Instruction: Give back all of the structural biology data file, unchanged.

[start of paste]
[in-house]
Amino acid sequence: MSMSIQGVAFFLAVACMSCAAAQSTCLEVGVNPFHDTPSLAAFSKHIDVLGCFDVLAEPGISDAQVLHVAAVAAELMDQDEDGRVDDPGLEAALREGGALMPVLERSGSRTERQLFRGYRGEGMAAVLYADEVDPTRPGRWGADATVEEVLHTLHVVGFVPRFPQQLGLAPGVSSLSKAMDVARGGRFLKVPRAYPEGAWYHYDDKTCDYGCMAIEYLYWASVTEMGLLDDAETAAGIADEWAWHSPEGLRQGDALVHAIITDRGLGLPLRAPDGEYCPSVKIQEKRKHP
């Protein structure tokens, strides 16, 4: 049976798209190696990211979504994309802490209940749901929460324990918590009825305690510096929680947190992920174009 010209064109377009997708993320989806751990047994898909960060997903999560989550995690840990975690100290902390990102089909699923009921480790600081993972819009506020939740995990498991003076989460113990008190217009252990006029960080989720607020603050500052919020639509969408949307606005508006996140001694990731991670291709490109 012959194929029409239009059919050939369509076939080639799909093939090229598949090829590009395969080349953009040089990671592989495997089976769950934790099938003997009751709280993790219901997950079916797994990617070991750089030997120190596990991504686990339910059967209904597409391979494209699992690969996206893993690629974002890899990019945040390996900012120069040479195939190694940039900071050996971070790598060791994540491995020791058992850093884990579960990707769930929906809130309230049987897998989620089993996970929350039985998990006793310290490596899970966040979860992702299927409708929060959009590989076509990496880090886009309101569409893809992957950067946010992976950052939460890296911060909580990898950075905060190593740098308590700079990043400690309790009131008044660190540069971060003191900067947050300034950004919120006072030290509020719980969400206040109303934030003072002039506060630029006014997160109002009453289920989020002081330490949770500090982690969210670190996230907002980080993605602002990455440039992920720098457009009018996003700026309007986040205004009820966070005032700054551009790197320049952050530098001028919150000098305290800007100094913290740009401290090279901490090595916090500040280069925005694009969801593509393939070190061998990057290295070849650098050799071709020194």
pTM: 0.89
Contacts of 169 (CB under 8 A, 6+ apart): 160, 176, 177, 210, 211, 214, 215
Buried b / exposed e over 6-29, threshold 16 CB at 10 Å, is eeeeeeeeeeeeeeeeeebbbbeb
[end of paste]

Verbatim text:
[in-house]
Amino acid sequence: MSMSIQGVAFFLAVACMSCAAAQSTCLEVGVNPFHDTPSLAAFSKHIDVLGCFDVLAEPGISDAQVLHVAAVAAELMDQDEDGRVDDPGLEAALREGGALMPVLERSGSRTERQLFRGYRGEGMAAVLYADEVDPTRPGRWGADATVEEVLHTLHVVGFVPRFPQQLGLAPGVSSLSKAMDVARGGRFLKVPRAYPEGAWYHYDDKTCDYGCMAIEYLYWASVTEMGLLDDAETAAGIADEWAWHSPEGLRQGDALVHAIITDRGLGLPLRAPDGEYCPSVKIQEKRKHP
């Protein structure tokens, strides 16, 4: 049976798209190696990211979504994309802490209940749901929460324990918590009825305690510096929680947190992920174009 010209064109377009997708993320989806751990047994898909960060997903999560989550995690840990975690100290902390990102089909699923009921480790600081993972819009506020939740995990498991003076989460113990008190217009252990006029960080989720607020603050500052919020639509969408949307606005508006996140001694990731991670291709490109 012959194929029409239009059919050939369509076939080639799909093939090229598949090829590009395969080349953009040089990671592989495997089976769950934790099938003997009751709280993790219901997950079916797994990617070991750089030997120190596990991504686990339910059967209904597409391979494209699992690969996206893993690629974002890899990019945040390996900012120069040479195939190694940039900071050996971070790598060791994540491995020791058992850093884990579960990707769930929906809130309230049987897998989620089993996970929350039985998990006793310290490596899970966040979860992702299927409708929060959009590989076509990496880090886009309101569409893809992957950067946010992976950052939460890296911060909580990898950075905060190593740098308590700079990043400690309790009131008044660190540069971060003191900067947050300034950004919120006072030290509020719980969400206040109303934030003072002039506060630029006014997160109002009453289920989020002081330490949770500090982690969210670190996230907002980080993605602002990455440039992920720098457009009018996003700026309007986040205004009820966070005032700054551009790197320049952050530098001028919150000098305290800007100094913290740009401290090279901490090595916090500040280069925005694009969801593509393939070190061998990057290295070849650098050799071709020194």
pTM: 0.89
Contacts of 169 (CB under 8 A, 6+ apart): 160, 176, 177, 210, 211, 214, 215
Buried b / exposed e over 6-29, threshold 16 CB at 10 Å, is eeeeeeeeeeeeeeeeeebbbbeb